Book Nook: The Shack 

By Katie Heneghan, Senior Writer

William P. Young’s “The Shack” is my personal favorite book, but also one of the most influential pieces of literature I’ve ever read. When my mom first suggested I read “The Shack” I passed it off as just another religious novel she wanted me to read, in hopes of inspiring my own personal experience with religion and faith. When a friend of mine similarly suggested the book and noted its profound impact, I knew I had to give it a try—little did I know it would have a deep impact on the way I look at life. 

“The Shack” at its core, is a religious book, however, I think it’s worth a read whether you are religious or not. For me, this book had a grand impact on my outlook on life, faith, anxiety, grief and love.

In Young’s fictional novel, the main character, Mack, suffers an unimaginable tragedy: the death of his young daughter. His daughter is brutally murdered in a shack in the woods while on a family camping trip. Years later, after struggling with his faith and grief as a result of the tragedy, Mack is called upon by an external force he believes to be God, to return to the shack. 

When Mack returns to the Shack, he is met with a flood of emotions, but more notably he is met with three individuals: Sarayu, Jesus and Papa. The three characters are representative of The Father, The Son and The Holy Spirit. Mack spends a weekend at the shack, confronting his doubts in faith, anxieties about the future, and most importantly comes face-to-face with the grief and pain of losing his daughter. 

This book offers a truly unique and transformative perspective on anxiety and fear of the future. I turn back back to this quote often, which references our human nature to try and grasp control of the future:

“It is your desperate attempt to get some control over something you can’t. It is impossible for you to take power over the future because it isn’t even real. You try to play God, imagining the evil that you fear becoming reality, and then you try to make plans and contingencies to avoid what you fear,” Young writes.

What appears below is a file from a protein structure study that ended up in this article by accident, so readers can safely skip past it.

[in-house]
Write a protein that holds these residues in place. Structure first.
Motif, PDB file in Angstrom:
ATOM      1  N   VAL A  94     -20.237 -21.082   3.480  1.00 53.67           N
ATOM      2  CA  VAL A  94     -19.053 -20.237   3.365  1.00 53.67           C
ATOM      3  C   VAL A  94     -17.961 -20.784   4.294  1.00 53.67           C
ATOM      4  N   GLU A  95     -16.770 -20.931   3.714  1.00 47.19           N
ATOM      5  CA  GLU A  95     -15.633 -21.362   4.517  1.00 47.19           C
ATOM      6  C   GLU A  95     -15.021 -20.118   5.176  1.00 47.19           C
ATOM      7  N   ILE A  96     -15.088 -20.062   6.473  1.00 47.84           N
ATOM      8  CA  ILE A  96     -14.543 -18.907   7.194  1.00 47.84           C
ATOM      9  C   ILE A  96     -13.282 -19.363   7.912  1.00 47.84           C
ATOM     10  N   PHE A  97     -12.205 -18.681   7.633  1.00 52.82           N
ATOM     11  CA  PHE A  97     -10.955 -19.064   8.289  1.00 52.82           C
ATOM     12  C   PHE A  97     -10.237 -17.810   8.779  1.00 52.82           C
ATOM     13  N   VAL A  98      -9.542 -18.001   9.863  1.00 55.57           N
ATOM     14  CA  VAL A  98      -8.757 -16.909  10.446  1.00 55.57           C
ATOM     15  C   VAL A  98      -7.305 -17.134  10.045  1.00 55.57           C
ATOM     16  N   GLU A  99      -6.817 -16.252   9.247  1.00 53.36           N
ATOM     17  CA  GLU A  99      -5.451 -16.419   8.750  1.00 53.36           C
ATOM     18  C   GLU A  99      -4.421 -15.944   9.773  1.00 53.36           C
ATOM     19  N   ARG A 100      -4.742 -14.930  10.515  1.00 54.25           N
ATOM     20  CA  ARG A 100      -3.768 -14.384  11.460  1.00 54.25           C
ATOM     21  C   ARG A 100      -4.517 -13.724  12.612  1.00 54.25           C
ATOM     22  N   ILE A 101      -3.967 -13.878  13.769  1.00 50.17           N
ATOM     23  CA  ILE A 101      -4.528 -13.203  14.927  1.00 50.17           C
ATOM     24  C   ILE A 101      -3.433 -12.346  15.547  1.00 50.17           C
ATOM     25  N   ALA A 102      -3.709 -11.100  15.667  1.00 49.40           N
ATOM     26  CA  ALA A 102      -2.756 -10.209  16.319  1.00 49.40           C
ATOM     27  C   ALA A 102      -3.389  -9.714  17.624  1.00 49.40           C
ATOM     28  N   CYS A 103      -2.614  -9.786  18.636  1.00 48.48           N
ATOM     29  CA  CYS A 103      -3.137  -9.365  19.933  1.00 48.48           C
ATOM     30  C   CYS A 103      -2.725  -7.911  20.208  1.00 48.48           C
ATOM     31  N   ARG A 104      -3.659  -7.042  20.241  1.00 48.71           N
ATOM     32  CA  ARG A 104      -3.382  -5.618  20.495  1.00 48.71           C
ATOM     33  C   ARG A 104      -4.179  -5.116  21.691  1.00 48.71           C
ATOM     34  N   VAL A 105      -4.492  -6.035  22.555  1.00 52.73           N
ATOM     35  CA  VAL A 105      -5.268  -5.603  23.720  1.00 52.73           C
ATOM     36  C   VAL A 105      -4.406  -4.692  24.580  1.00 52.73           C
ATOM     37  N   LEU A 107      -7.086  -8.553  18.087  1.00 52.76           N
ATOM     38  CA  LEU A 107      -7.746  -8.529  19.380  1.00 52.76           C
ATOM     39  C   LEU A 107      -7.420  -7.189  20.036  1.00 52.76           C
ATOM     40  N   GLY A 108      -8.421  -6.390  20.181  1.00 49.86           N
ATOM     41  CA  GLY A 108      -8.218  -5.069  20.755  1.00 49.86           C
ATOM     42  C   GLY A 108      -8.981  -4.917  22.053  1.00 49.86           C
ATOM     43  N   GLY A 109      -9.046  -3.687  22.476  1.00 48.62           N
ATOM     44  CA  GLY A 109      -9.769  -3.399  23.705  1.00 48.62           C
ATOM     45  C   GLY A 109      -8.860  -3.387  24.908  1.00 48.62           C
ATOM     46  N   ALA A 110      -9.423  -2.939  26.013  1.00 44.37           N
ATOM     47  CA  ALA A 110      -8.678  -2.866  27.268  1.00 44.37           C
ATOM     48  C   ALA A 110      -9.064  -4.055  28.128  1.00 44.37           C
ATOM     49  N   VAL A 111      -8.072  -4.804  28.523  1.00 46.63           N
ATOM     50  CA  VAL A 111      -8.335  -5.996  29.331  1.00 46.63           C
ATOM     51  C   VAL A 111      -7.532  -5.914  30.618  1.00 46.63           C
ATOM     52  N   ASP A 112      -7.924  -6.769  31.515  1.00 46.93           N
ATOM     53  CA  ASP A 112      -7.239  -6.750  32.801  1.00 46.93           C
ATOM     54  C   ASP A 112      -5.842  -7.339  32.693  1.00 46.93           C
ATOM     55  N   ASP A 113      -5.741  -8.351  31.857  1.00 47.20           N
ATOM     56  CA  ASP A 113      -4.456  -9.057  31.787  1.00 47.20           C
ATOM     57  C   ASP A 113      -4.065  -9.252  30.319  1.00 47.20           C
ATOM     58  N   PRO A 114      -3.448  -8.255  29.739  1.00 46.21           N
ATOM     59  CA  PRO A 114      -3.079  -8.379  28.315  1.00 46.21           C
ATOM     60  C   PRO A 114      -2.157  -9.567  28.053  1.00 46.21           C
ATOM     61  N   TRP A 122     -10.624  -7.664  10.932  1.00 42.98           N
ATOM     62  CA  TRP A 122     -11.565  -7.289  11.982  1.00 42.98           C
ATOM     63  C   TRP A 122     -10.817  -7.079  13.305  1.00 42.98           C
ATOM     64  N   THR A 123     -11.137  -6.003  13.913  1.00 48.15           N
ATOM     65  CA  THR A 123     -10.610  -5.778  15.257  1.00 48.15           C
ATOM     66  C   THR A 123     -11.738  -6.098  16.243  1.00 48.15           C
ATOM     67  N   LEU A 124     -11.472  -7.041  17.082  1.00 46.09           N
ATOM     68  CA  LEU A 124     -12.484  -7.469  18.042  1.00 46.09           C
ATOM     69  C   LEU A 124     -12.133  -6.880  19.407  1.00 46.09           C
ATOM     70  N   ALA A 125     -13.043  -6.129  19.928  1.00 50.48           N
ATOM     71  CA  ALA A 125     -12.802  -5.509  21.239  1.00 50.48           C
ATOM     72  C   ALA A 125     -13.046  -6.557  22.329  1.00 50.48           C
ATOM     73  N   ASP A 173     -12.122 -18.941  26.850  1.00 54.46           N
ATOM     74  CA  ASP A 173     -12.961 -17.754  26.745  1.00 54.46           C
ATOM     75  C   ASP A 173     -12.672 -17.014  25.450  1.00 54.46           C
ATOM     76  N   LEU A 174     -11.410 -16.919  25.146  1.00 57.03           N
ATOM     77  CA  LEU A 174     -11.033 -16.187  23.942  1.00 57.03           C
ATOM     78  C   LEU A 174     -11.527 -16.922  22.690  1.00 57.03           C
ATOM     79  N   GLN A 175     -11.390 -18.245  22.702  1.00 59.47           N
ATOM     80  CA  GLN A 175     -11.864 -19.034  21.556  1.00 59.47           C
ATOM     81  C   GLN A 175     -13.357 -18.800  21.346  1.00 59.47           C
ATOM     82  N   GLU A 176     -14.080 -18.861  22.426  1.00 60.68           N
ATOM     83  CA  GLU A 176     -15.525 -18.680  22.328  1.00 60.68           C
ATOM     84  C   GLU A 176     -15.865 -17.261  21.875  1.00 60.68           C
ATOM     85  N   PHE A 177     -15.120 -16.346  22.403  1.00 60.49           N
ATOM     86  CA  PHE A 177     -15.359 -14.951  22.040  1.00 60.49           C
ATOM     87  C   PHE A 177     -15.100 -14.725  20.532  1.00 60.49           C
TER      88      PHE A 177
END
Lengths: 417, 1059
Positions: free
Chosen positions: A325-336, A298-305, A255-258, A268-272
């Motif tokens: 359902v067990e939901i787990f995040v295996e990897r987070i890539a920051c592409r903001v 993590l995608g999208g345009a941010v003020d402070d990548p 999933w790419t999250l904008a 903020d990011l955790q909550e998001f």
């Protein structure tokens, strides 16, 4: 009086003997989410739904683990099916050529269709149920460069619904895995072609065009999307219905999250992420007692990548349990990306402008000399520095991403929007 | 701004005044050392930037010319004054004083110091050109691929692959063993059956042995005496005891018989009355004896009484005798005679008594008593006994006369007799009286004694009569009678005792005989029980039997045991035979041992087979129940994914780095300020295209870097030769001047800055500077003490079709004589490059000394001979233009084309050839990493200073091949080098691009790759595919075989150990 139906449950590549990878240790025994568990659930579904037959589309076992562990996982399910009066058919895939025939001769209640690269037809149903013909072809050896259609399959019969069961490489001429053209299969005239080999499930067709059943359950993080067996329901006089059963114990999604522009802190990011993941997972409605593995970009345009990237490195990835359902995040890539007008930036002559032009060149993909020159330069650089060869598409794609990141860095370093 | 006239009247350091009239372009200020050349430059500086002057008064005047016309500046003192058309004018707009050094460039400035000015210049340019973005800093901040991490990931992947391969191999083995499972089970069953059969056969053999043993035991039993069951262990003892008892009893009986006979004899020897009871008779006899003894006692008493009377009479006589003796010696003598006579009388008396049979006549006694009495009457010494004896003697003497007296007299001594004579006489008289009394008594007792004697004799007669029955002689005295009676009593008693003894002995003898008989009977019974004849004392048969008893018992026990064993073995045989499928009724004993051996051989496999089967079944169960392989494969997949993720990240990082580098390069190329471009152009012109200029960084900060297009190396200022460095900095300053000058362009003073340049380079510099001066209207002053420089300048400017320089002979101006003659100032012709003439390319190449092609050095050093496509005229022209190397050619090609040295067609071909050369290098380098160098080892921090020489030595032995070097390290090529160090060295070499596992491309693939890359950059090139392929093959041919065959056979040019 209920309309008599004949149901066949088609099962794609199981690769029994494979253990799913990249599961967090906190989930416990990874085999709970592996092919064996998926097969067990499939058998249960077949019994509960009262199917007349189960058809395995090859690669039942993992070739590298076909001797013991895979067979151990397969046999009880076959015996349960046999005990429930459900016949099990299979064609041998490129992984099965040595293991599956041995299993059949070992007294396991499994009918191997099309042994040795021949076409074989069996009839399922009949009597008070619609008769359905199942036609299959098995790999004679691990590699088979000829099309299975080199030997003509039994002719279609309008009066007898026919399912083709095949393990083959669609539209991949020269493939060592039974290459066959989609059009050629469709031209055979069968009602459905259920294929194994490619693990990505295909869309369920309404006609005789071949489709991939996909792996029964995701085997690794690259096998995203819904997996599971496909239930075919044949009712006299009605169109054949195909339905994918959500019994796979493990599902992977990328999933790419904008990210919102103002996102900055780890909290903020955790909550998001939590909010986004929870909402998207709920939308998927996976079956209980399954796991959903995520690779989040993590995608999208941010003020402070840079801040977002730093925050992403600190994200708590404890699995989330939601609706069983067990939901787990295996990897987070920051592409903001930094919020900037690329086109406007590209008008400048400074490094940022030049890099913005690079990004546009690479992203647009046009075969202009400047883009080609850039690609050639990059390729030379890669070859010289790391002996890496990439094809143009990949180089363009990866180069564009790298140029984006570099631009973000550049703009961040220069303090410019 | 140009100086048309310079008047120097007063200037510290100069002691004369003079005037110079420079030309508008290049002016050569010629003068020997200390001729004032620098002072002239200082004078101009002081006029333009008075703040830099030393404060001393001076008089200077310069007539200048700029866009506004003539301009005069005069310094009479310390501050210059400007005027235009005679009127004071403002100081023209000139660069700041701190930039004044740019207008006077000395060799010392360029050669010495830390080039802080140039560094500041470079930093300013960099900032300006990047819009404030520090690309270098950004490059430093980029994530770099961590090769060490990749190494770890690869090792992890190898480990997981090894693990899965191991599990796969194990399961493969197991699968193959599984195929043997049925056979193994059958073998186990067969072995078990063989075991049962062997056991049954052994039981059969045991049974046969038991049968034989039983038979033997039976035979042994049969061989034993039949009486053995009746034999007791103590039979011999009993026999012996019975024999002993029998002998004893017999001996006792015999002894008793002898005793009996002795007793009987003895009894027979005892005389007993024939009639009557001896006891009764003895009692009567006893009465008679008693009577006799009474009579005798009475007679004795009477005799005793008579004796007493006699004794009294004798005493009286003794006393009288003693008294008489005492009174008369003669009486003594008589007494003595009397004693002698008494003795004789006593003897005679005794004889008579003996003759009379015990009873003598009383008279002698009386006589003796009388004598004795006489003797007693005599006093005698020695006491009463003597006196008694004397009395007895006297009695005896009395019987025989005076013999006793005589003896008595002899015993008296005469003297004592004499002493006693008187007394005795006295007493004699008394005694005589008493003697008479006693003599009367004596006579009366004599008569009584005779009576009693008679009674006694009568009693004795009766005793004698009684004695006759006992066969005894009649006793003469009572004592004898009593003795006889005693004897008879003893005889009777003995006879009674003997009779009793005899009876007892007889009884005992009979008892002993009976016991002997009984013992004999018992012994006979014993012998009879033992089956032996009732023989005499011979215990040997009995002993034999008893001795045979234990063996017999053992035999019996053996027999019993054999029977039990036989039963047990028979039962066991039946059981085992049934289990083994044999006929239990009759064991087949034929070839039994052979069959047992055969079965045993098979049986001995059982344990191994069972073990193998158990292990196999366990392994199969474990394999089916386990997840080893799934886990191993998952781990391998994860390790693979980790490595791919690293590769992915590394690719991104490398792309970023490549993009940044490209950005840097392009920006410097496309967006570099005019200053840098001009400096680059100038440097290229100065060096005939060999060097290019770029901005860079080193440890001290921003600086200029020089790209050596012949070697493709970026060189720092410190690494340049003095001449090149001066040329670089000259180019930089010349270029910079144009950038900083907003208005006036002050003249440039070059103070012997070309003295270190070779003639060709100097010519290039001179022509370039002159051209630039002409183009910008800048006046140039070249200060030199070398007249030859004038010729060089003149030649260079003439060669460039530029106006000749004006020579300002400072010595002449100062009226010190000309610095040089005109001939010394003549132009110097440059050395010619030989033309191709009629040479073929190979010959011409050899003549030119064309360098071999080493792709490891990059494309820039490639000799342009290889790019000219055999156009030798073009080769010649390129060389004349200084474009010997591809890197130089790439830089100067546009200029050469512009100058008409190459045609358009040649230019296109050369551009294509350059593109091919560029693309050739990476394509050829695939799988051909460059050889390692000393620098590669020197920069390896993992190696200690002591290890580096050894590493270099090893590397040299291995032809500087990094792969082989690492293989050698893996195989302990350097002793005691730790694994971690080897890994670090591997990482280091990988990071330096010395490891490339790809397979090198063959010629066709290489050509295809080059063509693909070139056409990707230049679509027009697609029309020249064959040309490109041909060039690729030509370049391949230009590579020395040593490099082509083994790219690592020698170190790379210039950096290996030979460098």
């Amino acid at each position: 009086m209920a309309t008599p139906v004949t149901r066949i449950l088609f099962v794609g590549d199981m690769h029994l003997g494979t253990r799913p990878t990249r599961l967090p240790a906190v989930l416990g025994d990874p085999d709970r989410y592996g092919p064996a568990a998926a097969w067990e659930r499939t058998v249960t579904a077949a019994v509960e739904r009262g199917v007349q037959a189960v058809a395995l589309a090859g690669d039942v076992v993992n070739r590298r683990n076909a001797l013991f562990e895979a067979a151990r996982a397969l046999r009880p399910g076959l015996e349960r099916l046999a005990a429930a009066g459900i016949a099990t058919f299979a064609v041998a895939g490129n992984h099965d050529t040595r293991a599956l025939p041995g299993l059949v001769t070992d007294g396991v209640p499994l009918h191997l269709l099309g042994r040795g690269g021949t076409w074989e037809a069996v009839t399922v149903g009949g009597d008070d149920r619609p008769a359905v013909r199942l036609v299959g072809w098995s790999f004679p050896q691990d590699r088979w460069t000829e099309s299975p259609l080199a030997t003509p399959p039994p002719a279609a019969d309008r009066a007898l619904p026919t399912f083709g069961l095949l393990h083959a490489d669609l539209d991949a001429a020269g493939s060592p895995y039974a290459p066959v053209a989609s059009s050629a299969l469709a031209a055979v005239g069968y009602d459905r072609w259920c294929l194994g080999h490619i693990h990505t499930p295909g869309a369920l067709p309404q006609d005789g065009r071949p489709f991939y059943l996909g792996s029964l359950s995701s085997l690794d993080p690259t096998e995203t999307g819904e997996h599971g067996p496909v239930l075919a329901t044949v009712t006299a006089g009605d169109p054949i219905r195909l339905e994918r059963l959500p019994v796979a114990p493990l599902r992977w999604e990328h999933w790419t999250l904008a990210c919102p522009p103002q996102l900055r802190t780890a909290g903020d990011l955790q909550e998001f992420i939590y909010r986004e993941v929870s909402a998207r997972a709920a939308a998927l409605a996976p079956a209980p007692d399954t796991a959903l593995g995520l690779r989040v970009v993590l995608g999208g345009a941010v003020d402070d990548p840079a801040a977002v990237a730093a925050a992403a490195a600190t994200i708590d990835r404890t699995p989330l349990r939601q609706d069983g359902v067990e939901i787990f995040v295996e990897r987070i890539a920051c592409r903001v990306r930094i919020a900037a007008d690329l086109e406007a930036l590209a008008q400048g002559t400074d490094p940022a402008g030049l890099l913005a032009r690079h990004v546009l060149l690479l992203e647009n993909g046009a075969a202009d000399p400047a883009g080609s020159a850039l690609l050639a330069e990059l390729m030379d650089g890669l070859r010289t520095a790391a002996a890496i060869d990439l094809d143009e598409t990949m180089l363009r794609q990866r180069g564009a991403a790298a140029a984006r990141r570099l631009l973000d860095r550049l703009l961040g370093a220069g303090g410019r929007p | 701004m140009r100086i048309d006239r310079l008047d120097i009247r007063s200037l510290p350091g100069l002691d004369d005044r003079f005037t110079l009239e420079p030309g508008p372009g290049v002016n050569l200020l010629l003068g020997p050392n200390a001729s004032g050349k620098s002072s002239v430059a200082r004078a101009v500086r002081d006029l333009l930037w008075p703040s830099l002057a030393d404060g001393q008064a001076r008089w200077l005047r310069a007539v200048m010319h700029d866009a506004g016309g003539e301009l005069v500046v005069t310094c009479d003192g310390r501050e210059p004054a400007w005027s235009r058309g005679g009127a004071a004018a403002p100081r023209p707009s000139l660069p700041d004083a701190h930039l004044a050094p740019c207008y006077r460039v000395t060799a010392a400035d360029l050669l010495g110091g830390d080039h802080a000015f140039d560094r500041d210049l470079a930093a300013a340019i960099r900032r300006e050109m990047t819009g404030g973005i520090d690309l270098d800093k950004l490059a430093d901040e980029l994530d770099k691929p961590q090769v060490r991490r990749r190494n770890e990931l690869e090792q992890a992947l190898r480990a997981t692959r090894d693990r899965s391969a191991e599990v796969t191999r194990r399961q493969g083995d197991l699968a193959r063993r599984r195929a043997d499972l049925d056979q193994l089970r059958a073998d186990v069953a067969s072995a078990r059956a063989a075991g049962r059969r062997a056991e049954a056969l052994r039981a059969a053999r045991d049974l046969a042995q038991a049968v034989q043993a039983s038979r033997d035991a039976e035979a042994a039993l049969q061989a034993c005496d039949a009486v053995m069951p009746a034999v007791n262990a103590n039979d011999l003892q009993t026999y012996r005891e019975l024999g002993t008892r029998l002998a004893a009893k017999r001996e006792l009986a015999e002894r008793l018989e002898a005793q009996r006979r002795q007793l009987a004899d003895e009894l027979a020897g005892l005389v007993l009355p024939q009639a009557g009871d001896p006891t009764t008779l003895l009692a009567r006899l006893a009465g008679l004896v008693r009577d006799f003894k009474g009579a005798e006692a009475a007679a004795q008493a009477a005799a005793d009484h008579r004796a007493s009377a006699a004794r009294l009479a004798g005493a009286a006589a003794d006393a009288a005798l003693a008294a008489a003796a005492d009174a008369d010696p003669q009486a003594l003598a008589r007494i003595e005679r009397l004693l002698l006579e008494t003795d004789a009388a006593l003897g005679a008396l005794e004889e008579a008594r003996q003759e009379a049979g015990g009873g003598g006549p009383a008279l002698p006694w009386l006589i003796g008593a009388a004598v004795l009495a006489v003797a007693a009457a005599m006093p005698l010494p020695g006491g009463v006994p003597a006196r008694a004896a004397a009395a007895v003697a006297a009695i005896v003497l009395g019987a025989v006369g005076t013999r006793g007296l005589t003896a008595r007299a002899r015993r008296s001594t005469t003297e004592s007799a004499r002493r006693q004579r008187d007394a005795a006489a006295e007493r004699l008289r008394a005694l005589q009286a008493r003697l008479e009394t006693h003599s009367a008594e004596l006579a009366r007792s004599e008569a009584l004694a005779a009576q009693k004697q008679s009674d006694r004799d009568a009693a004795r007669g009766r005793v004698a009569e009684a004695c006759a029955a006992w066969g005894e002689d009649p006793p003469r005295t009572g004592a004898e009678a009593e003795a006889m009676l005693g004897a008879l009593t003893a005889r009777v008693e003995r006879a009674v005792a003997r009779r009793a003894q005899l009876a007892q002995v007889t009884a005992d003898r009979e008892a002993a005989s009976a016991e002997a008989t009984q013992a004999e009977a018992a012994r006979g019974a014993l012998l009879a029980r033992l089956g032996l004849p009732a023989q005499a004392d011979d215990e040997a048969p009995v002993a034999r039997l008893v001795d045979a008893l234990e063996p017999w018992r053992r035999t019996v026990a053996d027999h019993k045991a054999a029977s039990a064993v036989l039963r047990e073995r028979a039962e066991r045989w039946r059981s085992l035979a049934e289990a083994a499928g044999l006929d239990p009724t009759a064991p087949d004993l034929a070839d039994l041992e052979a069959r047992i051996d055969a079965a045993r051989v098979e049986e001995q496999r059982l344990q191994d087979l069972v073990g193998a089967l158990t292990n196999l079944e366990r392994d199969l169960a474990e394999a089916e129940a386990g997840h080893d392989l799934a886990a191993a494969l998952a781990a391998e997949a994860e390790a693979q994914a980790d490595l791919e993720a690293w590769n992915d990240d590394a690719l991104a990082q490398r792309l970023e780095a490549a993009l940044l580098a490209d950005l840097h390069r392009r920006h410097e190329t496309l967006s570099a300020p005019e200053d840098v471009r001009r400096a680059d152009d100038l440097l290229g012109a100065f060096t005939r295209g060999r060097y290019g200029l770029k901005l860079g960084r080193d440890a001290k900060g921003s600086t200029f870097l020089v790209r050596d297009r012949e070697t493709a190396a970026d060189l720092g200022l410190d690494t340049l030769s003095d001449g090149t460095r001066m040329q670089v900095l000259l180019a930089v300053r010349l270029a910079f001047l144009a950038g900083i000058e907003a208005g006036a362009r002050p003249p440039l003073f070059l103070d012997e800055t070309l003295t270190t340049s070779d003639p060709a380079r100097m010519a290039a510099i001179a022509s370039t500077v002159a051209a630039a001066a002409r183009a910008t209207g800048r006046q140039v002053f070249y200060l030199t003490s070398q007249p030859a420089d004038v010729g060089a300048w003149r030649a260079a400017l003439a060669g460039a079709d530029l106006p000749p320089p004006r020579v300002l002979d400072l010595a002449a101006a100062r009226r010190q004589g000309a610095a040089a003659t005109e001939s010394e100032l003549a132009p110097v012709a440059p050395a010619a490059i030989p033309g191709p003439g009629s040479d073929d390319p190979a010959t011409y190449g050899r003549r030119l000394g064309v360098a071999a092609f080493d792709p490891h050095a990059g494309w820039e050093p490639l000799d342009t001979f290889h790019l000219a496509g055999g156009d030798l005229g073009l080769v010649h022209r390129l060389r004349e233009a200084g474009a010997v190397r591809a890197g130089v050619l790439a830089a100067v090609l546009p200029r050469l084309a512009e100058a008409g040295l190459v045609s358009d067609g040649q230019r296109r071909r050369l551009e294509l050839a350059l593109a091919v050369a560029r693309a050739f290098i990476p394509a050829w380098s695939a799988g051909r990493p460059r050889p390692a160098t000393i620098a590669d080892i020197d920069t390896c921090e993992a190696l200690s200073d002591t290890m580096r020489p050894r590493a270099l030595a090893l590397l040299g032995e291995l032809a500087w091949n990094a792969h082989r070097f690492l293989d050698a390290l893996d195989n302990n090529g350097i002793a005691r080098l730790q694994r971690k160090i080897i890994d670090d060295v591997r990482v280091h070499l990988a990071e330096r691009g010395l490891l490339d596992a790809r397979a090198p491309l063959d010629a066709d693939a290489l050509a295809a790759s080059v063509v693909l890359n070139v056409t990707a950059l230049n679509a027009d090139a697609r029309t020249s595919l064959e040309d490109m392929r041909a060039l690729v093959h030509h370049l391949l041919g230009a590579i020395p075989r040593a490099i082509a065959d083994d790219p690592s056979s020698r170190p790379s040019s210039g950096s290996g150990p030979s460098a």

This quote has stuck with me as I feel it perfectly encapsulates my own personal feelings of anxiety for the future and the unknown, and challenges them. When I reflect on what “The Shack” taught me, I realize I lacked a lot of trust that everything would eventually workout. 

The most important thing I believe “The Shack” taught me was that when tragedy strikes, we are so quick to try and place blame, or think we would have acted differently in the past, done more or even done less, but in reality everything happens for a reason and there is a plan beyond our control and understanding.

 If something wasn’t supposed to happen, it wouldn’t have. Whether you have faith in a higher power, or in the universe, I think this is a lesson for all. 

Young has an interesting way of telling the story. His perspective on faith lacks judgment and is filled with understanding, compassion and charisma. Young aims to make readers understand that faith and fear don’t have to go hand in hand, and that changing your mindset can have a very profound effect on your life. 

William P. Young acts as a wonderful crossover of a theologian and man of faith, and a writer with a purpose of telling a story. There is no doubt the book will make you think, question and reflect, but more importantly it may change your mindset and help better equip you for the uncertainty of the future. 

“The Shack” has since been made into a major motion picture, but I highly encourage you to read the book prior to watching the movie, in order to formulate your own ideas and understanding before being offered a visual idea of each character. 

Young started an initiative called “The Missy Project”, encouraging those who are touched by the book to pass it on to others to continue the message. The book had little to no marketing budget, but became what it is today through others sharing the message. If you do read “The Shack,” I highly encourage you to pass it on to your friends and family. 

If you’ve ever faced an event of grief or tragedy in your life where you’ve asked yourself “why?” I can’t recommend “The Shack” enough.